Packing for a shoot in your town can be a pain, but packing for an extended shoot in another country brings a whole new set of complications into consideration. Recently, I’ve been doing a lot of extended trips for my personal project “Tattoos of Asia.” Over the few trips that I’ve done, I’ve managed to pare down my kit to what I absolutely need. It has been a long process, but I’ve learned quite a bit, and I’d like to share that with you as I prepare my kit for my upcoming India trip.
For all the stranded Mac users out there who’ve bought into the future that’s not quite here yet, there has been no shortage of products hitting the shelves to take you right back to the port-filled glory you once lived with. With all those ports taken from you, there is now an extra box on your desk just so you can reconnect the devices you use on a daily basis. USB-C and USB 3.1 promise so much in terms of potential that just isn’t realized yet. In the interim, connectors, hubs, and dongles are filling the void. At the high end, one such device is the CalDigit Thunderbolt 3 Docking Station.
One of the big concerns for many moving over to the Fujifilm X and GFX systems has been options for flash support. In all honesty, most of these issues were non-issues for the majority of users. Fujifilm has had their own set of speedlights for the systems, and all single-pin “dummy” triggers like the PocketWizard Plus X or many of the others offered by other manufacturers have always worked to trigger off camera flashes. Fujifilm also introduced both TTL and HSS to the system some time ago. However, Godox is the first flash brand to offer a fully Fujifilm compatible option. Let’s look at what they have on offer.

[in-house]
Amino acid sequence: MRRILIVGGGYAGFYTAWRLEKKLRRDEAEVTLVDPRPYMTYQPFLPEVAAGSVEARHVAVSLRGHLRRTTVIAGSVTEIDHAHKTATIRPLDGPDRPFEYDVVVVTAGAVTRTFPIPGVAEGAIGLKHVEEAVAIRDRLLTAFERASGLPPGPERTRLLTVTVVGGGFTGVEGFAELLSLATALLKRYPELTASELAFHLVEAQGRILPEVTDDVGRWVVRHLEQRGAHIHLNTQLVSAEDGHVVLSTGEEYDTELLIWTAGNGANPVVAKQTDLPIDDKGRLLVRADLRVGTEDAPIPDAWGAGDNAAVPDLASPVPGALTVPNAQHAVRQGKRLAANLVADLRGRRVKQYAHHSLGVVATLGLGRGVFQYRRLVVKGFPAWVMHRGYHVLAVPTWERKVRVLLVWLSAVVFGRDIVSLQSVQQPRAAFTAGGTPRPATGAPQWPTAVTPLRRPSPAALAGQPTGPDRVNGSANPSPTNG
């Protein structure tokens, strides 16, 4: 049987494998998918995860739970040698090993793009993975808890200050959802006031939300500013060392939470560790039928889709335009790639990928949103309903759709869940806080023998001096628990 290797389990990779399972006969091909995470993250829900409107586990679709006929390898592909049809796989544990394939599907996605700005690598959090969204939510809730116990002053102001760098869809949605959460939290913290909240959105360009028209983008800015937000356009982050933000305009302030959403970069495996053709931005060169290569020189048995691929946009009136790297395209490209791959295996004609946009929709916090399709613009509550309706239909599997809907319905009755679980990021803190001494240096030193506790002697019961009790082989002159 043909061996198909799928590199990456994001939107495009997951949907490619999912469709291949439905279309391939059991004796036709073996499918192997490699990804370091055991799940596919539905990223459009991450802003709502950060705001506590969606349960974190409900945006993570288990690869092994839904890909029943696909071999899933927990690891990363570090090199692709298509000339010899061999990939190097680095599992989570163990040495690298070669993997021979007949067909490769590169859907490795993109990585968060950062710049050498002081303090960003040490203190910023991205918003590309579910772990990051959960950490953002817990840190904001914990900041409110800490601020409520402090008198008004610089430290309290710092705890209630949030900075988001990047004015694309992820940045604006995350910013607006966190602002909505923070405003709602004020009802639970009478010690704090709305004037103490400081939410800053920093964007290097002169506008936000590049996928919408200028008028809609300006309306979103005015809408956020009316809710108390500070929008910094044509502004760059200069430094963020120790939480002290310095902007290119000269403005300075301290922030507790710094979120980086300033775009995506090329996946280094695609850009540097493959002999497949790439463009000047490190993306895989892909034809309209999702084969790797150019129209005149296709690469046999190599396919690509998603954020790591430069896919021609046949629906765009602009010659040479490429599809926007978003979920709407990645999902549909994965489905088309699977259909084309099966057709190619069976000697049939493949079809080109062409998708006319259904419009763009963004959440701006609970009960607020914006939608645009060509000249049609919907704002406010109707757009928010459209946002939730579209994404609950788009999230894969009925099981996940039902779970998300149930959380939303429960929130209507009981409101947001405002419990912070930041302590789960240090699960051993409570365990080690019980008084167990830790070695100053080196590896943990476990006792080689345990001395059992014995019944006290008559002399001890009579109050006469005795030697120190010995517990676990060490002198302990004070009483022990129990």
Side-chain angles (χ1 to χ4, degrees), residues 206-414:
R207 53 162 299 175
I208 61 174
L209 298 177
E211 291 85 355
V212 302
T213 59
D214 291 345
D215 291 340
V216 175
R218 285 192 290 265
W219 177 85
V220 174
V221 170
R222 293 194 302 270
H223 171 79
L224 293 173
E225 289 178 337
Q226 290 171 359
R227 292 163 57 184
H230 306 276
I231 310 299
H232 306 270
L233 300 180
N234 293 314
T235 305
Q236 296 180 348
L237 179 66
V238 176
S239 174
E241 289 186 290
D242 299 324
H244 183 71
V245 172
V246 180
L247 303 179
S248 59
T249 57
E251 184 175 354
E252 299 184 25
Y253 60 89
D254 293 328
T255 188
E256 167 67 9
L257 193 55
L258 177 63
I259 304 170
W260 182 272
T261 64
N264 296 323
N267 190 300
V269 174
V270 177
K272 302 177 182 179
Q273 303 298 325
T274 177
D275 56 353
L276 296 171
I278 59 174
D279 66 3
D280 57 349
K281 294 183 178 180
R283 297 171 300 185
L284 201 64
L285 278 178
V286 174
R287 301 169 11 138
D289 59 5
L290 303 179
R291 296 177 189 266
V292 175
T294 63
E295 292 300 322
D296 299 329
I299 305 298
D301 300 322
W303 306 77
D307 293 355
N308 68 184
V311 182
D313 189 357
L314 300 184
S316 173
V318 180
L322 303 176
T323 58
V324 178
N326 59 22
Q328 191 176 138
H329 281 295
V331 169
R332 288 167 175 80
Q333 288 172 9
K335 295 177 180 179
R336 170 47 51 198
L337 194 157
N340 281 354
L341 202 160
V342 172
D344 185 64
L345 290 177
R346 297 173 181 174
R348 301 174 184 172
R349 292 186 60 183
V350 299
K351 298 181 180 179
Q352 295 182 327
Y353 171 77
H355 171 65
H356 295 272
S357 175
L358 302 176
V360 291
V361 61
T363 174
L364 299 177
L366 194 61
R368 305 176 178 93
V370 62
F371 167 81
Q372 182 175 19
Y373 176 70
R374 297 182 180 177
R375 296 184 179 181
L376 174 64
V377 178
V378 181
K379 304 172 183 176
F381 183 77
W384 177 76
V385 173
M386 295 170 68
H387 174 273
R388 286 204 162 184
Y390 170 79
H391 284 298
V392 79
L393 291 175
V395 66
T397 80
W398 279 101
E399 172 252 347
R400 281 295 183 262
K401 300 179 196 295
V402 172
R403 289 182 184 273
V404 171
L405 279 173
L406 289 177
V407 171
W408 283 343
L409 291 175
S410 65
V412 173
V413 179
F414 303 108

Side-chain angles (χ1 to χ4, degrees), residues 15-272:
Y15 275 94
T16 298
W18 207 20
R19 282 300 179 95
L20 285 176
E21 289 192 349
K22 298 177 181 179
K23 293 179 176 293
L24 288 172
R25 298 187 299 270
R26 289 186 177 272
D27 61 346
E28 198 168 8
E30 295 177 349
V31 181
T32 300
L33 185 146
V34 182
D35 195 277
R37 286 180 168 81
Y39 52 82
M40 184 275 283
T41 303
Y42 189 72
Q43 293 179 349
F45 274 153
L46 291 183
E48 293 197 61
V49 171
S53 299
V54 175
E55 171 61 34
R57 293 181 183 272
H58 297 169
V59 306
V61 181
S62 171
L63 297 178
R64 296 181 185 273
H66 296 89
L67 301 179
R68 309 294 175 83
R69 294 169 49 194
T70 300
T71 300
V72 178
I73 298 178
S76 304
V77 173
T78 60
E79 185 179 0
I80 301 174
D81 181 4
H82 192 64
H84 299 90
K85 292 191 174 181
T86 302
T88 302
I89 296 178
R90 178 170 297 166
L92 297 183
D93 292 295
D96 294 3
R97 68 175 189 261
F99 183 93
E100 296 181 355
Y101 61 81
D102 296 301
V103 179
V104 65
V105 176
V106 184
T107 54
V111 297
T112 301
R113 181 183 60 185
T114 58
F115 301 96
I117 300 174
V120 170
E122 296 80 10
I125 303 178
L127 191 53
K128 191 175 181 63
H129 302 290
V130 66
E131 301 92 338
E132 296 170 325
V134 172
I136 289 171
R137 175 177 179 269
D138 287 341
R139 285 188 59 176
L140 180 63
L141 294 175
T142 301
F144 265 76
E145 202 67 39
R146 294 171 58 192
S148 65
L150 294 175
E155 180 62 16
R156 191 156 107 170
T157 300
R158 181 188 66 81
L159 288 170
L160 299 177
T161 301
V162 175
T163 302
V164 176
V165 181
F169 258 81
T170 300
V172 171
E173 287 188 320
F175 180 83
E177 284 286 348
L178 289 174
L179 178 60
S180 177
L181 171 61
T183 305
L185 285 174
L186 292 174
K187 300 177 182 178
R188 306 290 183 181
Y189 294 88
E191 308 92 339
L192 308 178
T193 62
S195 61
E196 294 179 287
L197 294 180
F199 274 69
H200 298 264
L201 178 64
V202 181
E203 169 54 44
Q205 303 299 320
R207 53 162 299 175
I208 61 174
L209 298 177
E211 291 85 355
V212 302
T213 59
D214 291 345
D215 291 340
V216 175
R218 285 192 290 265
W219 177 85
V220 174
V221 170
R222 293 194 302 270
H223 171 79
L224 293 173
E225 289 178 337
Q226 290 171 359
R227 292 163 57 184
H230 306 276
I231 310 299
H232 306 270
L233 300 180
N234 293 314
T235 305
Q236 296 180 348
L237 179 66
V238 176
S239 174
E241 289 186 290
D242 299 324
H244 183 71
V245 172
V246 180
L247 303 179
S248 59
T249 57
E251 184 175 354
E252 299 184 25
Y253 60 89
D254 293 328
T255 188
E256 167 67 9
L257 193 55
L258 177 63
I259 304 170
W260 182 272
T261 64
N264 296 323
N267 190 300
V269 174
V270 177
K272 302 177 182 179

One of the most commonly heard pieces of advice within creative circles certainly seems to be the need to find your “style” and market that. What is your style? How to find it? These questions we’ve been told should plague us and drive us get inside our heads if we let them and begin to dictate what we do and how we do it. However, if you take a look at the popular sharing platforms, you will see a few patterns emerging. Instagram, Facebook, and even Fstoppers have a certain style of imagery that rises above the rest as you look at a volume. It can be tempting to emulate a popular style and fit in with the crowd, but it may not be ultimately satisfying to the inner artist. So how exactly do we find our own style?
With every new lens release we get bombarded with wild claims of “sharpest lens ever” and “bokeh so soft you’ll want to lie down in it.” A barrage of MTF charts and comparisons flood the web and debates rage in forums about which lens is better than which. Opinions fly and the knowledgeable and no so knowledgeable lock horns. But what if there were something other than sharpness that we could be looking at to discover a lens’ optical quality. Just what does a high element count with a few ED elements do to the resulting images?
For quite some time now, there have been plenty of flash options available for the Fujifilm X system. Fuji themselves have released several flashes, Nissin and Metz have also had some good offerings. However, many have been waiting for the big names like Profoto and Elinchrom to offer full Fujifilm X support and bring some serious power to the system. Over the past couple of weeks, Godox has announced and released two new products to bring their entire system to Fujifilm X users. The first of which we will meet today, the TT350F Thinklite Flash.
For anyone who has been to India, you will know that it is the very definition of chaos. The streets dazzle your senses. The smells, sights, and sounds are unforgettable. You cannot move too quickly or you will miss things, but cannot stop too long for the same reason. Life is raw, and comes in all shapes and sizes.